February 2010   volume 9 number 1 The Artist's Loft logo The Artist's Loft logo

William H. Hays  Hello and Welcome Friends,

It has been several months since I've written to you. Let me apologize for the gap and say simply that it has been a difficult couple of months. Life's responsibilities are not always compatible with making art. But, like all things, they pass and I'm pretty well back to a regular schedule these days. The works that I'm going to show you have come into being during December 2009 along with January and February of 2010.

This is the ninth year of my posting a fairly regular newsletter. I don't know that I can call it a blog. When I started doing this in December of 2002 there was no such thing as a blog. I'm not overly fond of the idea of posting my everyday activities for all to follow. I can hardly imagine that anyone would be very interested to begin with. So I stick with "newsletter" - from the old days when there was such a thing that might arrive in the mail. I figure that art is about the most interesting thing I do and I enjoy sharing the latest with you and hearing your reactions.

These works are all linoleum block prints. It seems that each time I start to do a block print the idea appears fairly straight forward. Inevitably I find that the simple act of just drawing the composition onto the block is an affair that takes at least two days. (You can take a look at how complex the drawing can be in my May of 2009 newsletter for the print "Seaside Rest.") For a 9" x 12" block the carving required to prepare for each color printed seems to take about two days. It only takes about 3 hours to print each color (on 48 sheets of paper), but the overall time required to complete a print is about 1 - 2 weeks.

So let's start in with the first one. "Green River" is a small print, 5" x 7". But it is one of the most complicated prints I've done. It is nine colors and getting them to fall into place and work together to create the feeling of this place was a challenge. The Green River is a real place near our home in Vermont and it flows down into Massachusetts, eventually joining the Connecticut River. In Vermont it is a small river, quite clear and lovely.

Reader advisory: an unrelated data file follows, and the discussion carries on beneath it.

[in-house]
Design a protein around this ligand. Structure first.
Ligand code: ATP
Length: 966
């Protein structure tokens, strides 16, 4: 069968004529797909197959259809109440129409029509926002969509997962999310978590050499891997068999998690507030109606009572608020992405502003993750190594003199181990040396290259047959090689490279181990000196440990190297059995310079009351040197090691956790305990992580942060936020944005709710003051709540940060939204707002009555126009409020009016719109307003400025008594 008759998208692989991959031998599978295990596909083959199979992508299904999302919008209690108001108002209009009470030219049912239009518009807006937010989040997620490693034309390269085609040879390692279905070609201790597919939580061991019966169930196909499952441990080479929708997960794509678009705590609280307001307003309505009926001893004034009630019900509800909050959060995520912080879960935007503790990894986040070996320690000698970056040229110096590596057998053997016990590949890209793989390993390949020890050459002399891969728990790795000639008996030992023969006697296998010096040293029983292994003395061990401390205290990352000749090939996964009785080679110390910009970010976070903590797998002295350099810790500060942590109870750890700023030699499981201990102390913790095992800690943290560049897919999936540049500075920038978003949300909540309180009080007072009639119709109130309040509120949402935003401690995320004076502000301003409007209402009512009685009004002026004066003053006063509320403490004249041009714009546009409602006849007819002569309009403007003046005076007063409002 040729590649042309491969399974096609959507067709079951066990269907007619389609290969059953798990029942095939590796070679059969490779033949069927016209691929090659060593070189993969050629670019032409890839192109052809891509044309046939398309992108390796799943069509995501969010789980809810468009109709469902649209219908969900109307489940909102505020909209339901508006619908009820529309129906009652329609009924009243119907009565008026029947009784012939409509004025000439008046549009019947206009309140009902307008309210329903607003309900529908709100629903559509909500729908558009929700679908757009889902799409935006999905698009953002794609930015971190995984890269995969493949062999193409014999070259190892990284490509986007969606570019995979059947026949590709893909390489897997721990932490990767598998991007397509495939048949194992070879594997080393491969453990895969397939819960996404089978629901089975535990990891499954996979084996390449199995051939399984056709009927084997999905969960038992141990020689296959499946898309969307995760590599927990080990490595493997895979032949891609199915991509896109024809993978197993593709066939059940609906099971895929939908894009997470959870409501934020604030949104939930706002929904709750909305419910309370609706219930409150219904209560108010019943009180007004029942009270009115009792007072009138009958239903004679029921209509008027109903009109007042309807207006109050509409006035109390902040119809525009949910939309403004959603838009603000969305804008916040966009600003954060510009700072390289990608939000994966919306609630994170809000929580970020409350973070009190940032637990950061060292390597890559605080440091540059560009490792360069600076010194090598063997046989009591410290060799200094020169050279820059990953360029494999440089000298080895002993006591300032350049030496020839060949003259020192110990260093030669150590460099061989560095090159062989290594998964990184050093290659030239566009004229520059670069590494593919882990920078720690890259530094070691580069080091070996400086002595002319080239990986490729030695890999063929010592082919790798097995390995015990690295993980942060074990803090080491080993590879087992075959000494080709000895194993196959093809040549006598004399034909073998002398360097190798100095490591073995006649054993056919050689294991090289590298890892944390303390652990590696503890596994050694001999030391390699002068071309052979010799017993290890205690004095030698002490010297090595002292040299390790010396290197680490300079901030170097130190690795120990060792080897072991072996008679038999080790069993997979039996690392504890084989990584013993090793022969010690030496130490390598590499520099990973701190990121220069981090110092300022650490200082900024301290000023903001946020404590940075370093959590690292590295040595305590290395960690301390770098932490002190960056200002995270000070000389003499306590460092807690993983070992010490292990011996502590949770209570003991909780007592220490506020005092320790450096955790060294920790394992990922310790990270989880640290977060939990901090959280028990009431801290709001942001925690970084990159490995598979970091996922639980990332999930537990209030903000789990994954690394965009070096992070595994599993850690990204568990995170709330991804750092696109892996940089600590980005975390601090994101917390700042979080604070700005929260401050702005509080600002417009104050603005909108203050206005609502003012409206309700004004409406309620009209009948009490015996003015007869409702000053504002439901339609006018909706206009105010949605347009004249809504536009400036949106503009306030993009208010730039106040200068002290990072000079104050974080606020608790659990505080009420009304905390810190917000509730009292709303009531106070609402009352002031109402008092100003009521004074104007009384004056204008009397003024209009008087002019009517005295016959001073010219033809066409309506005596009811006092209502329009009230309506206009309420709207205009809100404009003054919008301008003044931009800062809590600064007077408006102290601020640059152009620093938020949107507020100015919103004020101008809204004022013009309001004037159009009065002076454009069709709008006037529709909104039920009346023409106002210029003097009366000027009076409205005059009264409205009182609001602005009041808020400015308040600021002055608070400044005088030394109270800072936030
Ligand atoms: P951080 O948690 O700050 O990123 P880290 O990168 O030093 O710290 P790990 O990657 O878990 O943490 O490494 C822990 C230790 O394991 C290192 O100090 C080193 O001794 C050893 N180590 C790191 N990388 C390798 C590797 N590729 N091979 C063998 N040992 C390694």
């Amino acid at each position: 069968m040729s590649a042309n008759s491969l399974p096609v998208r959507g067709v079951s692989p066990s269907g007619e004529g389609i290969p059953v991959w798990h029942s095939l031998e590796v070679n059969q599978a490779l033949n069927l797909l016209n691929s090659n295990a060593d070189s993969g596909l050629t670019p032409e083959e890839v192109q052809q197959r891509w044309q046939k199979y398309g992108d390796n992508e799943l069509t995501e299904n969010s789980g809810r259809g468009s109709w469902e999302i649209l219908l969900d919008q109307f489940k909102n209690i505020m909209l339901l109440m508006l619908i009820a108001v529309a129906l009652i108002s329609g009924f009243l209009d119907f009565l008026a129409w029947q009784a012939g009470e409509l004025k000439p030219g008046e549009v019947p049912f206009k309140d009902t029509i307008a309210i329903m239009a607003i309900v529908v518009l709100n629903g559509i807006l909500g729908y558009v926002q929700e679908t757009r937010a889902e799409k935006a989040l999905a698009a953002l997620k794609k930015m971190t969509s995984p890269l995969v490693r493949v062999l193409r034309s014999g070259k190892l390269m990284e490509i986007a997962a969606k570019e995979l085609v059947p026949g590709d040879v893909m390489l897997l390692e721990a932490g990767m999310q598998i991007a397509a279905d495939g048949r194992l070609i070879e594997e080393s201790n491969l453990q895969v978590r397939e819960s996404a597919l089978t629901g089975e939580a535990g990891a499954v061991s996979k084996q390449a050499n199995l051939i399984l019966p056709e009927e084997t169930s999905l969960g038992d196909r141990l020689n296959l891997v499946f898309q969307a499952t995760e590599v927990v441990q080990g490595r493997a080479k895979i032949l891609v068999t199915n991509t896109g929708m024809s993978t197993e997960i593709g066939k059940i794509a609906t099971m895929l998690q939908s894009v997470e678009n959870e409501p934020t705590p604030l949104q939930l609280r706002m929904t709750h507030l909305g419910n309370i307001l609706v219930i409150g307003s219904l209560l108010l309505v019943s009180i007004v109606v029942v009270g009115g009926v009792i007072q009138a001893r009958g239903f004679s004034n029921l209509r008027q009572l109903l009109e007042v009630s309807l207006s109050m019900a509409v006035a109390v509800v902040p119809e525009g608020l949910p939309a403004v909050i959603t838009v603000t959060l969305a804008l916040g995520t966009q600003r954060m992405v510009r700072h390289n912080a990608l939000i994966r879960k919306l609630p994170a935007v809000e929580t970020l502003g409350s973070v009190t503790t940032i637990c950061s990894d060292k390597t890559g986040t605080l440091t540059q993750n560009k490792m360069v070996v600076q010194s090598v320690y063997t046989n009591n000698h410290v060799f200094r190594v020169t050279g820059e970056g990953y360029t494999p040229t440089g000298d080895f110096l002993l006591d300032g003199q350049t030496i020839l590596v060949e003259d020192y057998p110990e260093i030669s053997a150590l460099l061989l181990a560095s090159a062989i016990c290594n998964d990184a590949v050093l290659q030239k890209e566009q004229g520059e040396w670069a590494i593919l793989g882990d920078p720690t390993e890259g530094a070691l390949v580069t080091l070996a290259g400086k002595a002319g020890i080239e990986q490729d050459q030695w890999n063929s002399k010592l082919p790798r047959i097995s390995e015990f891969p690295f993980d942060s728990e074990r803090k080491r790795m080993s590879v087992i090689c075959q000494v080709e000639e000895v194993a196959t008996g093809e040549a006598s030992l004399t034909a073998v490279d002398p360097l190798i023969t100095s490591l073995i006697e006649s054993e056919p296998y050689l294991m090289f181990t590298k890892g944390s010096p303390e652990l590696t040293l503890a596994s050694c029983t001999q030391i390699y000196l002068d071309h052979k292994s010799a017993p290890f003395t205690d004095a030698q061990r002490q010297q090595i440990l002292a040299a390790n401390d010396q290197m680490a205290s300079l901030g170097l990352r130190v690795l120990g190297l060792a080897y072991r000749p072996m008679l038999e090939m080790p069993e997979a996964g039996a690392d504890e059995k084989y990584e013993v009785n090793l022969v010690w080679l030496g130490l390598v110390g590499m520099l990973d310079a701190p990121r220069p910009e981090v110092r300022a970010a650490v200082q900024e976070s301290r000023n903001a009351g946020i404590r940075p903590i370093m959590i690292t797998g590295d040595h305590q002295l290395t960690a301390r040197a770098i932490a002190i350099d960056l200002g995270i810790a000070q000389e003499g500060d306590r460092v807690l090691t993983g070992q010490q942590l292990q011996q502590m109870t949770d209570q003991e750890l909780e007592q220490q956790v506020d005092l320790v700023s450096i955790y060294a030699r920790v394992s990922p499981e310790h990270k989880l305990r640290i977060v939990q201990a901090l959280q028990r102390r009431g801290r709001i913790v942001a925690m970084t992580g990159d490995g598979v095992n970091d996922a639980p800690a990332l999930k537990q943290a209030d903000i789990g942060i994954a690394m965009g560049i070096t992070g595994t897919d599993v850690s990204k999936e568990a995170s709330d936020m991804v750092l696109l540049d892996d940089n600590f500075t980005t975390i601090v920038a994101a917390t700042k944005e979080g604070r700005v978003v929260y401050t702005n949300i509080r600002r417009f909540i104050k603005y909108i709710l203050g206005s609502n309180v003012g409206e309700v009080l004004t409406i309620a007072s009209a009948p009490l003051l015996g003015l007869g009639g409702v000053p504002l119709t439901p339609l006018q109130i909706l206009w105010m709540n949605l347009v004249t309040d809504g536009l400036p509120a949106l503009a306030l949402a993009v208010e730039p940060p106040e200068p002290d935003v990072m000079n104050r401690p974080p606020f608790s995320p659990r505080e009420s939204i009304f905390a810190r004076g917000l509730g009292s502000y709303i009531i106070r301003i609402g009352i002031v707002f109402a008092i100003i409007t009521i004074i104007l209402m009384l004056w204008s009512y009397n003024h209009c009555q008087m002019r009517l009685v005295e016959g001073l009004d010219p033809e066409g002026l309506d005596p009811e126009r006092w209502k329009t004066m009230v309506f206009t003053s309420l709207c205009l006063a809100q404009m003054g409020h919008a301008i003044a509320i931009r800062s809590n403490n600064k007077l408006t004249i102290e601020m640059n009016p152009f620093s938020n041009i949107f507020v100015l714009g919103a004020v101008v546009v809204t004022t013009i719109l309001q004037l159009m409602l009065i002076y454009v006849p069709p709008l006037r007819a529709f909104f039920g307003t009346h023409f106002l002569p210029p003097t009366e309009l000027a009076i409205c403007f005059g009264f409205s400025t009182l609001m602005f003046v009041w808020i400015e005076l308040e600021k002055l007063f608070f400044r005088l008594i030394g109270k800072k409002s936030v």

Green River, Linoleum Block print by William Hays   "Green River" 9-color Linoleum Block Print, 5" x 7"

As I sometimes do, I used the block in an interim state to produce a one-color print in a very small edition. This print was taken from the block as it was prepared for the fifth color, the lighter of the two greens. It is printed with a brown-black ink.

Vermont River, Linoleum Block print by William Hays   "Vermont River" 1-color Linoleum Block Print, 5" x 7"

From complexity to simplicity.... The past few years I've tried to do our Christmas card with a block print. This is alot of work for a Christmas card. But we want them to be special. This past December I did a card of snowflakes because that's what I was seeing outside for the month and we think they're beautiful. Not having individual snowflakes on hand myself, I turned to fellow Vermonter Wilson Bentley, (1865-1931) who lived in Jericho, Vermont. He was the first person to use a microscope to photograph snowflakes and the world has not been the same since. This print is done in one impression using two shades of blue in a graduated tint. The edition (aside from the Christmas cards) is small in number and on each print are little pieces of round glitter, just a few, that catch the light.